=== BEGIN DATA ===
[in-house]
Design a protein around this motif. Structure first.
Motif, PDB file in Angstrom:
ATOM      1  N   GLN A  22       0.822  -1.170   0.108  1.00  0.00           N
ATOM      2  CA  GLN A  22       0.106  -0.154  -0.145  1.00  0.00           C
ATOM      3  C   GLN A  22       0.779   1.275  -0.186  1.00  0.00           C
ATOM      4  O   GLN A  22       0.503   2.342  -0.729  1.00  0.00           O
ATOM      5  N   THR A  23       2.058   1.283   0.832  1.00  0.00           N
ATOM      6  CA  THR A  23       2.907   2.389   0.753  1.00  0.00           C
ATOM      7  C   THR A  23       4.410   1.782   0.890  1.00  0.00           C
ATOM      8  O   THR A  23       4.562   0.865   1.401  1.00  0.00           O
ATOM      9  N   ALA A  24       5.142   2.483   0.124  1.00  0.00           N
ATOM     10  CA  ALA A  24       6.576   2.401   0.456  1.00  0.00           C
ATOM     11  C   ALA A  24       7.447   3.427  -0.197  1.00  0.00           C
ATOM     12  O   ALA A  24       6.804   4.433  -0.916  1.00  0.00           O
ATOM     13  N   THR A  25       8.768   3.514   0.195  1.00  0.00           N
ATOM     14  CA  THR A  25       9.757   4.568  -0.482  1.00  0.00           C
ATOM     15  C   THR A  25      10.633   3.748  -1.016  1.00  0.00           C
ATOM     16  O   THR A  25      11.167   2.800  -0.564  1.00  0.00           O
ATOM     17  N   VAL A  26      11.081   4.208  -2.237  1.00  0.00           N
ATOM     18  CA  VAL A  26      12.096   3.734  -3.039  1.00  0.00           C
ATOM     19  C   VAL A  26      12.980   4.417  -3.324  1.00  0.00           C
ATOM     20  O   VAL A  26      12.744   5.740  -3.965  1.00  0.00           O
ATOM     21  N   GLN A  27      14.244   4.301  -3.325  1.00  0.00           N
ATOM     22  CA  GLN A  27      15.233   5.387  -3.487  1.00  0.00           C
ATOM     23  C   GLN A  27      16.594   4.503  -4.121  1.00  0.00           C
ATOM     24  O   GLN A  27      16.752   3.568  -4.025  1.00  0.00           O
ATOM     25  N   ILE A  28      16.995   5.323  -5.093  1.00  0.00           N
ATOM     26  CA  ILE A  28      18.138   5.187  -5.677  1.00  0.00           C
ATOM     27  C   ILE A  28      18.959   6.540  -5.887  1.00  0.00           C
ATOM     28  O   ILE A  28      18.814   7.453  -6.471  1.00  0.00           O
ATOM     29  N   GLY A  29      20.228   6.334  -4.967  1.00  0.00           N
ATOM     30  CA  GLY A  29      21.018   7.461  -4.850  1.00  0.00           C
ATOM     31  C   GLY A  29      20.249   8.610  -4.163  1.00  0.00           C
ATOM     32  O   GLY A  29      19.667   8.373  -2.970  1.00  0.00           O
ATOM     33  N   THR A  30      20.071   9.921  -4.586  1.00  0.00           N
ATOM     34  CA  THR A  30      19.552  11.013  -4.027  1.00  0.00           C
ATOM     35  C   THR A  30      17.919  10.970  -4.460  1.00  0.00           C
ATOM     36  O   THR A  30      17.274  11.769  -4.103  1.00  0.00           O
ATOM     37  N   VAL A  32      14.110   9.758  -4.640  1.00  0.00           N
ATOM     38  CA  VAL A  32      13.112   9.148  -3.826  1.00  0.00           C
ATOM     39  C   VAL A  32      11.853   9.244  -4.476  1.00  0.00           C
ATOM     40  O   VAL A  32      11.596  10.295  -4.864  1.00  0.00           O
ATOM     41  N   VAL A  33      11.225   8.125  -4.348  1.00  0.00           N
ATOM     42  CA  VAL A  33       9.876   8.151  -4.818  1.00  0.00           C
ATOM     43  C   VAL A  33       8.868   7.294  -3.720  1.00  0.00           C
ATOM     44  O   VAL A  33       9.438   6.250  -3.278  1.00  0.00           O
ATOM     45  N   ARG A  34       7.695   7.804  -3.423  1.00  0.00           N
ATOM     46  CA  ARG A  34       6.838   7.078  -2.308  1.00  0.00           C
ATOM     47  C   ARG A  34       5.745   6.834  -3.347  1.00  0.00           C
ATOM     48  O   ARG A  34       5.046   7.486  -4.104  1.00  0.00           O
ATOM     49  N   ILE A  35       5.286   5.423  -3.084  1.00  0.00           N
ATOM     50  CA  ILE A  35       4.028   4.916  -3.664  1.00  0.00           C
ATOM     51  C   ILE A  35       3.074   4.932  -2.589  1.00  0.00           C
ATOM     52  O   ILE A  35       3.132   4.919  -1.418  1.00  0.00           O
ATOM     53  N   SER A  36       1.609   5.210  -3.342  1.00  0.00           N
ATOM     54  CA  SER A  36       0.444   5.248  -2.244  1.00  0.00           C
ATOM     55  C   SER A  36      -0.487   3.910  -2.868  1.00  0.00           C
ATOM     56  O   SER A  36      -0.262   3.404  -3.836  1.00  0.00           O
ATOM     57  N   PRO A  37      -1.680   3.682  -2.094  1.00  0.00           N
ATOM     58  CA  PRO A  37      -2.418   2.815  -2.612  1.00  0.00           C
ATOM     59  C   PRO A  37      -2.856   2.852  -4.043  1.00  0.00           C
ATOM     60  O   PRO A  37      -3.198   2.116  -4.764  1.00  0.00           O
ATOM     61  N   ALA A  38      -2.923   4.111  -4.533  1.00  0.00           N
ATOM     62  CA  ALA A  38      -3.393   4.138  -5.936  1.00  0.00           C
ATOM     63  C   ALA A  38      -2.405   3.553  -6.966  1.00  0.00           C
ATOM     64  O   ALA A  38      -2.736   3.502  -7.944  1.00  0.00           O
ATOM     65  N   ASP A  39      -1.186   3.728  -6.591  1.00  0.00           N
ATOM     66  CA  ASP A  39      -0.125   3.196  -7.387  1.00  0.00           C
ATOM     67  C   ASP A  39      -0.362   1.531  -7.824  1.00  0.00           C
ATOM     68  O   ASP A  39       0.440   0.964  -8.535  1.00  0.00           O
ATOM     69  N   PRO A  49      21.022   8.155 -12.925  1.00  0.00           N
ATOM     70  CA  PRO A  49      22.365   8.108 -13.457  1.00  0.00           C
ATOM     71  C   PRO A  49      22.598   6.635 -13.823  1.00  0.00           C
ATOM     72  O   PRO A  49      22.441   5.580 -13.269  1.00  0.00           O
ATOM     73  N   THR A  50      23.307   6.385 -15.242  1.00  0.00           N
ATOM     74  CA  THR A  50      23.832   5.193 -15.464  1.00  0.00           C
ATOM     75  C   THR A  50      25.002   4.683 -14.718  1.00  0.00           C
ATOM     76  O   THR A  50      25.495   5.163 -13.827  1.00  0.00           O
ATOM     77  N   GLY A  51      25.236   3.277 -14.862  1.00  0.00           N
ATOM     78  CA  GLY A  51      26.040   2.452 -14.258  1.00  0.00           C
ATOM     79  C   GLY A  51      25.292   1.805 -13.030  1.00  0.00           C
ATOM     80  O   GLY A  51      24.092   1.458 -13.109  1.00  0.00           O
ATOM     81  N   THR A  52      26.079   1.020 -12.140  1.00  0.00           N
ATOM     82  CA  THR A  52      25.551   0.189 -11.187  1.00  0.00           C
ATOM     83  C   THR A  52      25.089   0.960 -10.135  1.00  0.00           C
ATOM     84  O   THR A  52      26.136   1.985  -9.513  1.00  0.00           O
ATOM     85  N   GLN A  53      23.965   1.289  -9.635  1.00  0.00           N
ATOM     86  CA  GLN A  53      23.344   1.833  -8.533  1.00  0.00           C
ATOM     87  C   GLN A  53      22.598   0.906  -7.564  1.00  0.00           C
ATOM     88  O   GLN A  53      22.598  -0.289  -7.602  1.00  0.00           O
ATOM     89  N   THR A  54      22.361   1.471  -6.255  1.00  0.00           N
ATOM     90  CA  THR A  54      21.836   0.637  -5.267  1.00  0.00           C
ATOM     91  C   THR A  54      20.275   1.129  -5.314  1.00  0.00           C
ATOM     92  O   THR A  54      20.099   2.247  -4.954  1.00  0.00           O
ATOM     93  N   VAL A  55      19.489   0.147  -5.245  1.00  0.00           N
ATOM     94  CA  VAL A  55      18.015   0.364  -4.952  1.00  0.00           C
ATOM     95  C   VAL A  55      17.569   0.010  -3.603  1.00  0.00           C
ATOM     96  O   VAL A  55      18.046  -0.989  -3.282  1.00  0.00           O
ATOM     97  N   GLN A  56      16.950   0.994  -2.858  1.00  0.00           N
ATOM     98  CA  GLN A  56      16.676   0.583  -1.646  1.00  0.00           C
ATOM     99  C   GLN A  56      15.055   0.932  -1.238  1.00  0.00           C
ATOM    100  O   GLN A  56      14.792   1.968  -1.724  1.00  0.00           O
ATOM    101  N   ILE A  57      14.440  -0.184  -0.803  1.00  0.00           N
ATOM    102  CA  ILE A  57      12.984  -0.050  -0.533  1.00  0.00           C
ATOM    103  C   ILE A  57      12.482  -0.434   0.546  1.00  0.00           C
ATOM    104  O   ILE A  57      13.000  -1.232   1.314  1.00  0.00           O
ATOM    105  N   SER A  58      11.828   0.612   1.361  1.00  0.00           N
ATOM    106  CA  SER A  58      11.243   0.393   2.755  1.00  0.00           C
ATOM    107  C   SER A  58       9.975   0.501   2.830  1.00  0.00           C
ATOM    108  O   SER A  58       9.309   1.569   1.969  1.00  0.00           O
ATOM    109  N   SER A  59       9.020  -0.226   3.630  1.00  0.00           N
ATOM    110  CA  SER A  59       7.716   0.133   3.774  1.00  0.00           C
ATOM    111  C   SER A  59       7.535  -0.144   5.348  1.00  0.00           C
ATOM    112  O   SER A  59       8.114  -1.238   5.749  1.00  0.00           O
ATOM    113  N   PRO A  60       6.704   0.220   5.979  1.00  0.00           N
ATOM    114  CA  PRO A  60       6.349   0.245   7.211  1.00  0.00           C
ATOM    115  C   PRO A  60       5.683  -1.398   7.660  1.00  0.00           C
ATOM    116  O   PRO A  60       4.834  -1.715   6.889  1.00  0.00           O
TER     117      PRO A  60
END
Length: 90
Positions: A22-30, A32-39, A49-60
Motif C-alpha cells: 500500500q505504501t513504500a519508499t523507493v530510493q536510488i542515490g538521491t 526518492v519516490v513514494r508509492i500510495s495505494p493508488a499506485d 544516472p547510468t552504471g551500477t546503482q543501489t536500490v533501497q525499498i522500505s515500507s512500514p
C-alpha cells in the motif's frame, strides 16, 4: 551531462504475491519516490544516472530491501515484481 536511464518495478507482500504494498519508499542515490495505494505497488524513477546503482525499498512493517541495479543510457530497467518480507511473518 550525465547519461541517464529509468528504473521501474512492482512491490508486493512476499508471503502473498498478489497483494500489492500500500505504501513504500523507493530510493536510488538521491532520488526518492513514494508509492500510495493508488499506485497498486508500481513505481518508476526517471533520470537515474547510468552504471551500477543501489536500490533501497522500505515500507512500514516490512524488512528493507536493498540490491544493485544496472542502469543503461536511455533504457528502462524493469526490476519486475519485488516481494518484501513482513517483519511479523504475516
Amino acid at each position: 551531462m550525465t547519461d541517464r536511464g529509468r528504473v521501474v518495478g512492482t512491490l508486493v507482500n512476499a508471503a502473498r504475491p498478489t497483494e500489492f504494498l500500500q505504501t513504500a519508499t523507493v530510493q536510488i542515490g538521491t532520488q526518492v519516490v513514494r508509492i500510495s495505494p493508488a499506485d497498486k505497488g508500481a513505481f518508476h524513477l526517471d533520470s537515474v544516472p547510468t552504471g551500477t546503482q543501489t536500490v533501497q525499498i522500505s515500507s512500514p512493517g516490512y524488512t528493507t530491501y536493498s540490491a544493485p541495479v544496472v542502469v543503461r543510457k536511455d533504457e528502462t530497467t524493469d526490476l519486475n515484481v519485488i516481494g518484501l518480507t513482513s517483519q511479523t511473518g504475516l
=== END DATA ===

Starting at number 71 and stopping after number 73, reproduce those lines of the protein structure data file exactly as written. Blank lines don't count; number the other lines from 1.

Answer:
ATOM     68  O   ASP A  39       0.440   0.964  -8.535  1.00  0.00           O
ATOM     69  N   PRO A  49      21.022   8.155 -12.925  1.00  0.00           N
ATOM     70  CA  PRO A  49      22.365   8.108 -13.457  1.00  0.00           C